“Zero Veterans Attempt Suicide”
Although Veterans make up only 10 percent of the US population, they account for nearly one in five of all suicides in America. The suicide rate for veterans is nearly double that of the civilian population, and every day, 29 Veterans attempt suicide, 22 Veterans are successful —about one suicide every 65 minutes. More than 69 percent of all veteran suicides were among those 50 and older. Mental-health professionals say they are likely to be Vietnam veterans who give up on life after their children are out of the house or a longtime marriage falls apart.
• The goal is Zero Veterans attempt suicide, hence Operation ZERO
Suicide has become the leading cause of death in the U.S. military—exceeding accidents, car crashes, and even combat. Historically, the suicide rate in the military has been below the civilian rate. But since the early 2000s, the rate of suicides has been steadily increasing and the problem.
Data released by the Pentagon for 2008-2011 shows that 52 percent of military suicides were by those who did not deploy to a combat zone; 34 percent deployed but in a non-combat role; only 14 percent were combat veterans.
A study conducted by the Army found that being deployed increased suicide risk for women more than it did for men, though suicide risk still remained lower for deployed women than for deployed men. The data suggest that being male, white, or a junior enlisted rank put individuals at the highest risk of suicide. However this is also the largest segment of the Armed Forces.
Those who were divorced were 55% more likely to attempt suicide. And those who attempted suicide once were likely to attempt it a second time. VA Study show that risk for suicide dropped once congress passed the Clay Hunt Act which required more access to mental health and service members must be enrolled to the Veterans Affairs prior to being discharged.
WHO IS CLAY HUNT?
Clay Hunt was a Marine veteran who died by suicide in March 2011 at the age of 28. Clay enlisted in the Marine Corps in May 2005 and deployed to Anbar Province, near Fallujah, in January 2007. Clay was shot in the wrist by a sniper’s bullet that barely missed his head, earning him a Purple Heart. Clay recuperated at Twenty Nine Palms, CA and then graduated from Marine Corps Scout Sniper School in March 2008. Clay redeployed to southern Afghanistan a few weeks later. His unit returned in late October of 2008 and he was honorably discharged from the Marines in April 2009.
Clay received a 30 percent disability rating from the VA for his PTSD along with two smaller ratings for other health issues after separating from the military. After discovering that his PTSD prevented him from maintaining a steady job, Clay appealed the 30 percent rating only to be met with significant bureaucratic barriers, including the VA losing his files. Clay exclusively used the VA for his medical care. He constantly voiced concerns about the care he was receiving, both in terms of the challenges he faced with scheduling appointments as well as the treatment he received, which consisted solely of medication. He received counseling only as far as whether the medication he was prescribed was working or not. If it was not, he would be given a new medication. Clay would say, “I’m a guinea pig for drugs. They’ll put me on one thing, I’ll have side effects, and then they put me on something else.” After moving back to Houston to be closer to his family, Clay had to wait months to see a psychiatrist at the Houston VA medical center. After the appointment, Clay called his mother on his way home and said, “Mom, I can’t go back there. The VA is way too stressful and not a place I can go to.”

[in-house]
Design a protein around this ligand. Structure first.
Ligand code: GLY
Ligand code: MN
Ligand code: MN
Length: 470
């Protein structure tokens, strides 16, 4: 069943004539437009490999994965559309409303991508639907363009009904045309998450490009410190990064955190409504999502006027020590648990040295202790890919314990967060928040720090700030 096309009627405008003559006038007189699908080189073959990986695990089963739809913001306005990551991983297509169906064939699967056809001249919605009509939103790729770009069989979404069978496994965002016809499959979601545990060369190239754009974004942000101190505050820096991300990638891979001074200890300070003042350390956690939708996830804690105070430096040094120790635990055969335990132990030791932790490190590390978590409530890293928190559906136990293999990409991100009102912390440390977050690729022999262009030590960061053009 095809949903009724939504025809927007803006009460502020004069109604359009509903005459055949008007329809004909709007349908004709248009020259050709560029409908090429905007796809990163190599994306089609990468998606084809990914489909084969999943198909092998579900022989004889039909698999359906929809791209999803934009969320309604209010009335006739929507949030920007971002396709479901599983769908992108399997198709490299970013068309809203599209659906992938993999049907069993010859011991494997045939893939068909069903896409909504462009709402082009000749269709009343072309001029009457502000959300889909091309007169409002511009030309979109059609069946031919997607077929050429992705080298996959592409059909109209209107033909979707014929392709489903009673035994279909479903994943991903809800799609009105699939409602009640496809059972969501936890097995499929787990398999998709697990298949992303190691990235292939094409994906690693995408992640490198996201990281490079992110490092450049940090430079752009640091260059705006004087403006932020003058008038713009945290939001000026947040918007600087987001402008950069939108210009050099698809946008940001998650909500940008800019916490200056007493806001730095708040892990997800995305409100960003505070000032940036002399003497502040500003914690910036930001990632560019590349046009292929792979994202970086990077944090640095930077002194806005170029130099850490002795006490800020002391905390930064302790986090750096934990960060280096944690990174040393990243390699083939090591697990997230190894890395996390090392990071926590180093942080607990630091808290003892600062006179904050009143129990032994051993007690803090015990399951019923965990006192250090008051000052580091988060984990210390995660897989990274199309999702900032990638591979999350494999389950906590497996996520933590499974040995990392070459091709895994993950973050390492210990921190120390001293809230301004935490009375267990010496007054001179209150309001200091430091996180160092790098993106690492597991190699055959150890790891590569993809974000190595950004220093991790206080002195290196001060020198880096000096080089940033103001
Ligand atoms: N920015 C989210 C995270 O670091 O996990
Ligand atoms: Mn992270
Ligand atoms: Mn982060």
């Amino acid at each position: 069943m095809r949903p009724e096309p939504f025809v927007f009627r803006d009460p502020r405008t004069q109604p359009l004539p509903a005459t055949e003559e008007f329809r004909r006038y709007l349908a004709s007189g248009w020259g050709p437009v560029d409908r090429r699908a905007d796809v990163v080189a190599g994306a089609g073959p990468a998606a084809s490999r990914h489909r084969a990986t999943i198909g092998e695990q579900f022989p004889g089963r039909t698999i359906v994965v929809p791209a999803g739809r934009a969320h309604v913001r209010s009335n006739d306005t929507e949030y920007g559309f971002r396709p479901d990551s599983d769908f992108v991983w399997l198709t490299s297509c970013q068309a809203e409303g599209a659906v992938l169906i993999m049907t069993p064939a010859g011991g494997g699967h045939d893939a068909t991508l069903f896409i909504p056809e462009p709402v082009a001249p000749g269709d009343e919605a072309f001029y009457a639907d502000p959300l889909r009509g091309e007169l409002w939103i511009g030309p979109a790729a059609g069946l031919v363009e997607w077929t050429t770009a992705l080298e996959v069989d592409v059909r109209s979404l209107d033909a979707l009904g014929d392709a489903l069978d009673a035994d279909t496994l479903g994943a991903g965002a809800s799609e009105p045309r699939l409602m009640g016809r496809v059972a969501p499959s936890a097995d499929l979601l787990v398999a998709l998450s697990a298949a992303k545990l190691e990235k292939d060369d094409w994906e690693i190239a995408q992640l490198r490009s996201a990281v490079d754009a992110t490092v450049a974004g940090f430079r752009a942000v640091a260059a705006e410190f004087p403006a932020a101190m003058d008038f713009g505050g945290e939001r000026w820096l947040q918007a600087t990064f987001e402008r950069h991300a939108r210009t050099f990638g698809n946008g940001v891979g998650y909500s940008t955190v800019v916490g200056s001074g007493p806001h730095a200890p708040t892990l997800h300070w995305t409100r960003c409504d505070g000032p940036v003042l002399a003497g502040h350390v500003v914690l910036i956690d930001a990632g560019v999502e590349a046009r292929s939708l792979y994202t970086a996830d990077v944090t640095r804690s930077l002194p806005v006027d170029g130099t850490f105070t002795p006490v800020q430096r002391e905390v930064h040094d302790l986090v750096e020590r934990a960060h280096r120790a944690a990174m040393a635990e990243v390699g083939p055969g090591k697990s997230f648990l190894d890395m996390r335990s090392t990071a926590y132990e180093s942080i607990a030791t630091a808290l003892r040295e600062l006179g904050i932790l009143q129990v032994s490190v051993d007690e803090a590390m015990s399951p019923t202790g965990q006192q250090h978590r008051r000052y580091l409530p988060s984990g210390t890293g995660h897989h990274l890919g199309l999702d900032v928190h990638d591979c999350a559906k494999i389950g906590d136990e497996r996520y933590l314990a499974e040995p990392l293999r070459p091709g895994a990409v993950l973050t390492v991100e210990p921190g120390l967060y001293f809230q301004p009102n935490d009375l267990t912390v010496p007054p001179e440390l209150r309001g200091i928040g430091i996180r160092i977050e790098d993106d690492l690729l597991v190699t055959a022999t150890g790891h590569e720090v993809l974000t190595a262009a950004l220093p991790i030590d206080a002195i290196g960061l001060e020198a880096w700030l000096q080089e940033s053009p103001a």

Two weeks later, Clay took his own life. Five weeks after his death, and 18 months after filing an appeal with the VA for his PTSD rating, Clay’s appeal finally went through. The VA rated his PTSD 100 percent. Clay was open about having PTSD and survivor’s guilt, and he tried to help others coping with similar issues. He worked hard to move forward and found healing by helping people, including participating in humanitarian work with Team Rubicon and participating in IAVA’s annual Storm the Hill advocacy campaign. He also starred in a public service advertising campaign aimed at easing the transition for his fellow veterans, and he helped wounded warriors in long distance road biking events. Clay’s story details the urgency needed in addressing these issues. Despite his proactive and open approach to seeking care to address his injuries, the VA system did not adequately address his needs.
• Take the pledge! I will never quit on my life and those of my fellow Veterans (Patch)
• Create a Veteran Suicide Prevention representative (VSP) in every chapter, state, region
• Organize other organizations to join under this campaign, such as IAVA, Project 22, the Veteran’s Affairs, the Branches of Services and others to do like POW/MIA did following Vietnam and those who were Prisoners of War and Missing in Action
• Develop products and outreach to Veterans struggling with suicide, eventually paying for crisis training and counseling
• Work to remove stigmatism that PTSD carriers as a title, so that they many will turn and ask for help instead of taking their life to ease the pain
• Push for legislation that all serving members seek mandatory counseling throughout their service career.
We’re Veterans who understand the military mindset and training. We are our brothers keeper and we are here for all Veterans. Sponsored by the Viet nam Vets Legacy Vets MC.